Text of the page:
Stokes’ Humming Bird
The island of Juan Fernandez is the true and restricted habitat of this beautiful species, the honour of discovering and first describing which is due to Captain P. P. King, R.N., who, in dedicating it to his friend the late Charles Stokes, Esq., was desirous of paying a just tribute of respect to one of the most accomplished men of science, art and literature that has graced society for many years.
Nothing has yet been recorded respecting this or the other Humming Birds inhabiting the island of Juan Fernandez, the extent of which is considerably less than the Isle of Wight, but in which we are told there are many lofty mountains, interspersed with pleasant valleys, clothed with an abundant vegetation. It is in these valleys, and among the shrubby trees close to the sea-shore, that this bird finds a congenial habitat. Mr. Bridges, who has lately returned to Valparaiso, after a short sojourn in this almost terra incognita, procured numerous examples, all of which, about thirty in number, have been sent to this country, and submitted to my inspection. Some of them are more richly coloured than others, but all have the metallic green crown; the question then arises, has the female this character as well as the male, or did Mr. Bridges procure males only? One of Captain King’s specimens, now in my possession, and which is apparently adult, is destitute of the metallic crown, and has always been regarded by me as a female, but it would seem that this is uncertain; dissection alone then can determine the point.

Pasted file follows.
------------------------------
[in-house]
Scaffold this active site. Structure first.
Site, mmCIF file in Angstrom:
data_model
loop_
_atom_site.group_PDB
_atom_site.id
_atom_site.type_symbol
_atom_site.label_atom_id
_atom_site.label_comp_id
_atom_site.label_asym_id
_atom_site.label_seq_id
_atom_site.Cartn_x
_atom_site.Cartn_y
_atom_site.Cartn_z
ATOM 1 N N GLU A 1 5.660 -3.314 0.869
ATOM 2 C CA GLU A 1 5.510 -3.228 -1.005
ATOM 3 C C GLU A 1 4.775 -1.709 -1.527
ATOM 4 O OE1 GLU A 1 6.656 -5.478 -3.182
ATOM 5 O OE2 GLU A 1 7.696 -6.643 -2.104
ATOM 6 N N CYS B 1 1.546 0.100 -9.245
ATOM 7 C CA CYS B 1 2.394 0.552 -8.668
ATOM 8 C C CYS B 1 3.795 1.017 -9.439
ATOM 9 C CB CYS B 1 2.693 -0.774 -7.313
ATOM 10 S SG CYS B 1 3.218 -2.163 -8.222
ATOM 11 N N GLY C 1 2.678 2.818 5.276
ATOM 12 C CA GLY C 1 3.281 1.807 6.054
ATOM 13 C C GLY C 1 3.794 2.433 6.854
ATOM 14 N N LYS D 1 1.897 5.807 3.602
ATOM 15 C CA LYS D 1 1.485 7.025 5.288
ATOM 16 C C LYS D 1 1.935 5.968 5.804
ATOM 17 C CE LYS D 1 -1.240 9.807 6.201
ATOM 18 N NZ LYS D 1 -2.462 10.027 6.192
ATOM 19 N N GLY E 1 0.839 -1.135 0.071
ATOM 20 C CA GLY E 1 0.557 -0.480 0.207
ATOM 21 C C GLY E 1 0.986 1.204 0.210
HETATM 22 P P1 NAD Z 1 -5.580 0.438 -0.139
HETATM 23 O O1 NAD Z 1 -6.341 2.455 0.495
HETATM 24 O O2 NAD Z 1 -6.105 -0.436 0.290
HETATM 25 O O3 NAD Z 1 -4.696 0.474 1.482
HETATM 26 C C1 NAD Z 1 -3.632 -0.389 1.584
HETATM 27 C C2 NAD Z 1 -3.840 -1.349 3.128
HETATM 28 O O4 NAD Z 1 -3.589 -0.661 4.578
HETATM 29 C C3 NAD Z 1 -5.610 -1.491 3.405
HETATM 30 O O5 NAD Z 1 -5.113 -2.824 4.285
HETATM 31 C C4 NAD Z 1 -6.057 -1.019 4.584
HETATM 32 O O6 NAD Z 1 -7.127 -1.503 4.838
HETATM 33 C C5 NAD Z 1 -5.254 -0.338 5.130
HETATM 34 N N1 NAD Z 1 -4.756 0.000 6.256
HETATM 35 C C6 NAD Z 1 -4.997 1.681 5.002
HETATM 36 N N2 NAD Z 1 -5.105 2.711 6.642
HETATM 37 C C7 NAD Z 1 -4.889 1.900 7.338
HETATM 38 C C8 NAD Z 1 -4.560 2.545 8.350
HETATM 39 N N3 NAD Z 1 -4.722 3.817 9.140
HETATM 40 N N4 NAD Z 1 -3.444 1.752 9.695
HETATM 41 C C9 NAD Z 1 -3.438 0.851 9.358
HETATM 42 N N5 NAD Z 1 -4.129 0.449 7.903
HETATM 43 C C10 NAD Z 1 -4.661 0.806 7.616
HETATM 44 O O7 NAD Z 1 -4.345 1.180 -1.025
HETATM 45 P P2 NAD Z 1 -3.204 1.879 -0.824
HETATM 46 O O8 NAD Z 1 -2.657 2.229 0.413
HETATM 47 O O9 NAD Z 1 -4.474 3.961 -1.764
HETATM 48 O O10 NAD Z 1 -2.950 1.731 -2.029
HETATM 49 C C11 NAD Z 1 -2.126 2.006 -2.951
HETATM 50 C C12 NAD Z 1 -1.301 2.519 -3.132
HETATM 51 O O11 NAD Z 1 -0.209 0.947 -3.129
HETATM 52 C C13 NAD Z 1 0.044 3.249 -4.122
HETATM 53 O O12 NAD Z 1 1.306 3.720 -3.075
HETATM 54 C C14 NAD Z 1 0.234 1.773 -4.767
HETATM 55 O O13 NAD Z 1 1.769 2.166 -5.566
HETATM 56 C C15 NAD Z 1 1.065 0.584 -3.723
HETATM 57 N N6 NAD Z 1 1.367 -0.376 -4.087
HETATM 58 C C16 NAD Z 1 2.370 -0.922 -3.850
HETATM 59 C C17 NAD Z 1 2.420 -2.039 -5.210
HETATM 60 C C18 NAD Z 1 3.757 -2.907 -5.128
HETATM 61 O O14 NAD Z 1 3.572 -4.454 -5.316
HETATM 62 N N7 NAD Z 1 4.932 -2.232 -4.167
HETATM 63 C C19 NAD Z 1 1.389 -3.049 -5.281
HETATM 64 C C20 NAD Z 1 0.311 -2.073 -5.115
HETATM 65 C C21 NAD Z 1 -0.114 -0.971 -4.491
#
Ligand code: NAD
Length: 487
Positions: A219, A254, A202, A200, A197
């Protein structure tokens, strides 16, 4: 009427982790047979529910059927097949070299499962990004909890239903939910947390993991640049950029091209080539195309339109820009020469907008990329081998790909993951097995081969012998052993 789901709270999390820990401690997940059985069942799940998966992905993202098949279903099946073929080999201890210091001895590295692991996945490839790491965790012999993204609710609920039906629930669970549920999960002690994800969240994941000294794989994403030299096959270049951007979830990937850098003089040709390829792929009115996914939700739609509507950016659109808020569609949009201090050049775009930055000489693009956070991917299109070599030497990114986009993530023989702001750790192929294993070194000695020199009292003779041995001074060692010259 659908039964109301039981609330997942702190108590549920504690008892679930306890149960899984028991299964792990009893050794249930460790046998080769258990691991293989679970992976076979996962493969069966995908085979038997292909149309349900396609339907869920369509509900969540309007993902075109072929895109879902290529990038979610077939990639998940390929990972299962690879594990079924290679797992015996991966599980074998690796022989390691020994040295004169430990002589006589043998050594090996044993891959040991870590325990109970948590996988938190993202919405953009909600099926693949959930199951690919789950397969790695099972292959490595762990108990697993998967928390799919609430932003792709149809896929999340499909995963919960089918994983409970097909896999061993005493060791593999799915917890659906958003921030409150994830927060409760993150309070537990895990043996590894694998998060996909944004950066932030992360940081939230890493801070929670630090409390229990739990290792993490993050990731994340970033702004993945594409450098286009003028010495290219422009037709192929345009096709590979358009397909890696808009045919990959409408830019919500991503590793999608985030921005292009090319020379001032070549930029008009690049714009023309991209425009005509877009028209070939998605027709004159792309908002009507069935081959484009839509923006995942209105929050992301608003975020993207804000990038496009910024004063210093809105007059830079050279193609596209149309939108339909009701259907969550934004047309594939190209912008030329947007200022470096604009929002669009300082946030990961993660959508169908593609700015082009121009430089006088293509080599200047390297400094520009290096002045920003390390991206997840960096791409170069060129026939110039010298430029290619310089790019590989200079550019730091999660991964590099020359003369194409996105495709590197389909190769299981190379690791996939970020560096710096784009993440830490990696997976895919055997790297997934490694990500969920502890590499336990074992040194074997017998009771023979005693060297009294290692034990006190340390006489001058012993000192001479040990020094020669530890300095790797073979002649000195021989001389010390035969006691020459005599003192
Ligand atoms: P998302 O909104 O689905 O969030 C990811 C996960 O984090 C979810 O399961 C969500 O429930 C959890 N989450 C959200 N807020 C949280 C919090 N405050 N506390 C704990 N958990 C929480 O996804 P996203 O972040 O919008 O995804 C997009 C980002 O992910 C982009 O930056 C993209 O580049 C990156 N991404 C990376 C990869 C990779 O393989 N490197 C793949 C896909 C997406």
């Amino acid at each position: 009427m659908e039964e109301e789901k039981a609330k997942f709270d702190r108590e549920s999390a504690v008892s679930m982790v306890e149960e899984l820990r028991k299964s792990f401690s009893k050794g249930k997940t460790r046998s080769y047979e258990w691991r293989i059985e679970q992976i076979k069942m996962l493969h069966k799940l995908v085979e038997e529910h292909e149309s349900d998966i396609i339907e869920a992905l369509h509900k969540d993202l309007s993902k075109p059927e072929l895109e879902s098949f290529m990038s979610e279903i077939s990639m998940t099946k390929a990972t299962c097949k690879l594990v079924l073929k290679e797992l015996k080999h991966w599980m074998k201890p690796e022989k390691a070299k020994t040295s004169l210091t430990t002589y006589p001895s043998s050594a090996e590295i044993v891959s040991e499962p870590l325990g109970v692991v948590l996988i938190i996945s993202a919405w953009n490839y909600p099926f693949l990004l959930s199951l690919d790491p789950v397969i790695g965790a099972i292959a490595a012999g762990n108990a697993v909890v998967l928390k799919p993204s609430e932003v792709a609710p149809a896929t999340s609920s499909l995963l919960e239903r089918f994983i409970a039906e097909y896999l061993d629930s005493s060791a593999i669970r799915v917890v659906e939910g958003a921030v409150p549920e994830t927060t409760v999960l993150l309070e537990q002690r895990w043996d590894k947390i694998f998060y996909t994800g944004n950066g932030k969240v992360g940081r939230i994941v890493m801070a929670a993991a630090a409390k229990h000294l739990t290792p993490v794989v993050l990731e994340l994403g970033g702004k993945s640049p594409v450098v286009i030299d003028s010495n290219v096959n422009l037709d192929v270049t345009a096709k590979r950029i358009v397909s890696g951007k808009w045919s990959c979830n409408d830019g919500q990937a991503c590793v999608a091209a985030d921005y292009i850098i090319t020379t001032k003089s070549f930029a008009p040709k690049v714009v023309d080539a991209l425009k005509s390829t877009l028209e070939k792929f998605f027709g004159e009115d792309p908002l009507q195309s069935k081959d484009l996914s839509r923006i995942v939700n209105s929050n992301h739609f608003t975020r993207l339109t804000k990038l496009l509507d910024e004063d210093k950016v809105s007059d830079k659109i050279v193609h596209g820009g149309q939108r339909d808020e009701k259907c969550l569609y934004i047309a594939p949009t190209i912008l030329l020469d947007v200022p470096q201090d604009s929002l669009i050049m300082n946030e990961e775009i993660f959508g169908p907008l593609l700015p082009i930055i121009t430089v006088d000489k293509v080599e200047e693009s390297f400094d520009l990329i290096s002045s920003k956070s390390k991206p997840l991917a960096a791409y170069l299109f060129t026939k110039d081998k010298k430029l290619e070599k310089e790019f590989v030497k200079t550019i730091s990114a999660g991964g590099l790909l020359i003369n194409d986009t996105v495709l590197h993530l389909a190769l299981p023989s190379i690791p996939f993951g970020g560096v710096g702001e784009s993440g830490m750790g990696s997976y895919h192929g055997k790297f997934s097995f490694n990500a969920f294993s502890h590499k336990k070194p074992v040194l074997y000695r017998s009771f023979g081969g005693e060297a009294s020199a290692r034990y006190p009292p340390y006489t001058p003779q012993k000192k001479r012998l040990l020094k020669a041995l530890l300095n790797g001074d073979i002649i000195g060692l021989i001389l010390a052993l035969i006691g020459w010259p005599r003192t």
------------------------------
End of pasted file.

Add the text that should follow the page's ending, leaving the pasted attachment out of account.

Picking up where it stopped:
The only figure of this bird that has yet appeared is the one given by Lesson on the fifth plate of his “Trochilide,” and of this I would only remark, that a worse or more incorrect representation of it could scarcely have been made.
Crown of the head metallic bluish green; all the upper surface and wing-coverts green with a bronzy lustre; wings purplish brown, the spurious wing glossed with green; two central tail-feathers and the outer webs of the three next on each side grass-green, the inner webs of these lateral feathers white; outer feather white, edged with dusky brown, deepening into green at the tip of the outer web; under surface white, with a spangle of shining green at the tip of each feather of the chin, throat and flanks, the spangles being, in consequence of the smaller size of the feathers, most numerous on the chin and throat; under tail-coverts white with green centres.
The figures are of the natural size. The fern is the Dicksonia Berteroana, of Juan Fernandez.
Featuring all 422 illustrated species from John Gould’s A Monograph of the Trochilidæ, or Family of Humming-Birds arranged by color.